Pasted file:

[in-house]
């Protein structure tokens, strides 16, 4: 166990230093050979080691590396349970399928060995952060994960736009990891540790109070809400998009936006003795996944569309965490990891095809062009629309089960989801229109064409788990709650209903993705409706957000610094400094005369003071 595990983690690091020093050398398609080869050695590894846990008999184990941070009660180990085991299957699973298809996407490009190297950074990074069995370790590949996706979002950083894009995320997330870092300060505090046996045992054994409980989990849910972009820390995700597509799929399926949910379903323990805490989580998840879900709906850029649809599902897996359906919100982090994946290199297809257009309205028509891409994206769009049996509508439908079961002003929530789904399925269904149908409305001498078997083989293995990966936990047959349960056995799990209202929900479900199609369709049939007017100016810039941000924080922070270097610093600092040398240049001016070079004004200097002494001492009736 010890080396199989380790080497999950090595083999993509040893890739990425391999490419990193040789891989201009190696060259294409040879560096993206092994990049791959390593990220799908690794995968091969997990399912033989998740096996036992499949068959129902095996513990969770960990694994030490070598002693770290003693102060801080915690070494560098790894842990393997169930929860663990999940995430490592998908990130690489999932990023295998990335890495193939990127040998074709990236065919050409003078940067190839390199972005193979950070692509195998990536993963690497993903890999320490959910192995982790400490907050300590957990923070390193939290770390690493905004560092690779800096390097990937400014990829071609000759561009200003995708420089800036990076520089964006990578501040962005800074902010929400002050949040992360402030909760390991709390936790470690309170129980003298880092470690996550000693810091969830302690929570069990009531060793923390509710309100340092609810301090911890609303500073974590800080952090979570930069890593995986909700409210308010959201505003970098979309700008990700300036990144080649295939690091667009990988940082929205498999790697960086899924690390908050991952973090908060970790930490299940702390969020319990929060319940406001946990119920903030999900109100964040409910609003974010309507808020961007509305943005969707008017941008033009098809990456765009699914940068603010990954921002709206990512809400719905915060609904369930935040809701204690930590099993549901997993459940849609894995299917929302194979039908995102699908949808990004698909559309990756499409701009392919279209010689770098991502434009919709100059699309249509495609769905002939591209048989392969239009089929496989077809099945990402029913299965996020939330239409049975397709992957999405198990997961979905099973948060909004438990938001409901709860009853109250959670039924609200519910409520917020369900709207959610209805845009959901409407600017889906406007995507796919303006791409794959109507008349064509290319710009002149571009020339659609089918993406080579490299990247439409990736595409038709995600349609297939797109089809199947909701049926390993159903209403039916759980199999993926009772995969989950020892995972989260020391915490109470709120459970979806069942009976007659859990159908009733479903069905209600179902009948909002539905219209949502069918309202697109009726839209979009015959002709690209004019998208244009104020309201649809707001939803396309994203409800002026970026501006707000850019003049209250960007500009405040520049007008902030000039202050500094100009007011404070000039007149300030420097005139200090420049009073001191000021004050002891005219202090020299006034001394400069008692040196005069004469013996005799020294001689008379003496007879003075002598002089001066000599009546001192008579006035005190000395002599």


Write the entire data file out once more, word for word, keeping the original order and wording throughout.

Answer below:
[in-house]
């Protein structure tokens, strides 16, 4: 166990230093050979080691590396349970399928060995952060994960736009990891540790109070809400998009936006003795996944569309965490990891095809062009629309089960989801229109064409788990709650209903993705409706957000610094400094005369003071 595990983690690091020093050398398609080869050695590894846990008999184990941070009660180990085991299957699973298809996407490009190297950074990074069995370790590949996706979002950083894009995320997330870092300060505090046996045992054994409980989990849910972009820390995700597509799929399926949910379903323990805490989580998840879900709906850029649809599902897996359906919100982090994946290199297809257009309205028509891409994206769009049996509508439908079961002003929530789904399925269904149908409305001498078997083989293995990966936990047959349960056995799990209202929900479900199609369709049939007017100016810039941000924080922070270097610093600092040398240049001016070079004004200097002494001492009736 010890080396199989380790080497999950090595083999993509040893890739990425391999490419990193040789891989201009190696060259294409040879560096993206092994990049791959390593990220799908690794995968091969997990399912033989998740096996036992499949068959129902095996513990969770960990694994030490070598002693770290003693102060801080915690070494560098790894842990393997169930929860663990999940995430490592998908990130690489999932990023295998990335890495193939990127040998074709990236065919050409003078940067190839390199972005193979950070692509195998990536993963690497993903890999320490959910192995982790400490907050300590957990923070390193939290770390690493905004560092690779800096390097990937400014990829071609000759561009200003995708420089800036990076520089964006990578501040962005800074902010929400002050949040992360402030909760390991709390936790470690309170129980003298880092470690996550000693810091969830302690929570069990009531060793923390509710309100340092609810301090911890609303500073974590800080952090979570930069890593995986909700409210308010959201505003970098979309700008990700300036990144080649295939690091667009990988940082929205498999790697960086899924690390908050991952973090908060970790930490299940702390969020319990929060319940406001946990119920903030999900109100964040409910609003974010309507808020961007509305943005969707008017941008033009098809990456765009699914940068603010990954921002709206990512809400719905915060609904369930935040809701204690930590099993549901997993459940849609894995299917929302194979039908995102699908949808990004698909559309990756499409701009392919279209010689770098991502434009919709100059699309249509495609769905002939591209048989392969239009089929496989077809099945990402029913299965996020939330239409049975397709992957999405198990997961979905099973948060909004438990938001409901709860009853109250959670039924609200519910409520917020369900709207959610209805845009959901409407600017889906406007995507796919303006791409794959109507008349064509290319710009002149571009020339659609089918993406080579490299990247439409990736595409038709995600349609297939797109089809199947909701049926390993159903209403039916759980199999993926009772995969989950020892995972989260020391915490109470709120459970979806069942009976007659859990159908009733479903069905209600179902009948909002539905219209949502069918309202697109009726839209979009015959002709690209004019998208244009104020309201649809707001939803396309994203409800002026970026501006707000850019003049209250960007500009405040520049007008902030000039202050500094100009007011404070000039007149300030420097005139200090420049009073001191000021004050002891005219202090020299006034001394400069008692040196005069004469013996005799020294001689008379003496007879003075002598002089001066000599009546001192008579006035005190000395002599």